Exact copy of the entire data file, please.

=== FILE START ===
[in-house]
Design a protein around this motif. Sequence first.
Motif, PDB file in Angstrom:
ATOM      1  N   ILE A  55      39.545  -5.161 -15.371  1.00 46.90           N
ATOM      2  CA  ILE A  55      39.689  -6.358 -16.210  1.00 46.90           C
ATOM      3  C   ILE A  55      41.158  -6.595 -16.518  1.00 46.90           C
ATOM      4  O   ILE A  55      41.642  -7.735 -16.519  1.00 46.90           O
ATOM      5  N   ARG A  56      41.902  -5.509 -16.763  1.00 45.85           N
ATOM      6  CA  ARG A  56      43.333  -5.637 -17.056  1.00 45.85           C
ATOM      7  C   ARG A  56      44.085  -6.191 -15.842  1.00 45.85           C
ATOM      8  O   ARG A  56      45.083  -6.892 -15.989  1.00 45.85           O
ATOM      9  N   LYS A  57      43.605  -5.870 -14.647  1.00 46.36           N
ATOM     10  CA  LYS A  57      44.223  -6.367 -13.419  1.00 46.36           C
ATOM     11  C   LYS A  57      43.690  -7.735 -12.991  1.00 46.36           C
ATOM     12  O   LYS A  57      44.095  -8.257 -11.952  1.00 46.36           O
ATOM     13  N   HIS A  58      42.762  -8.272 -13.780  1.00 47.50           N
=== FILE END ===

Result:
[in-house]
Design a protein around this motif. Sequence first.
Motif, PDB file in Angstrom:
ATOM      1  N   ILE A  55      39.545  -5.161 -15.371  1.00 46.90           N
ATOM      2  CA  ILE A  55      39.689  -6.358 -16.210  1.00 46.90           C
ATOM      3  C   ILE A  55      41.158  -6.595 -16.518  1.00 46.90           C
ATOM      4  O   ILE A  55      41.642  -7.735 -16.519  1.00 46.90           O
ATOM      5  N   ARG A  56      41.902  -5.509 -16.763  1.00 45.85           N
ATOM      6  CA  ARG A  56      43.333  -5.637 -17.056  1.00 45.85           C
ATOM      7  C   ARG A  56      44.085  -6.191 -15.842  1.00 45.85           C
ATOM      8  O   ARG A  56      45.083  -6.892 -15.989  1.00 45.85           O
ATOM      9  N   LYS A  57      43.605  -5.870 -14.647  1.00 46.36           N
ATOM     10  CA  LYS A  57      44.223  -6.367 -13.419  1.00 46.36           C
ATOM     11  C   LYS A  57      43.690  -7.735 -12.991  1.00 46.36           C
ATOM     12  O   LYS A  57      44.095  -8.257 -11.952  1.00 46.36           O
ATOM     13  N   HIS A  58      42.762  -8.272 -13.780  1.00 47.50           N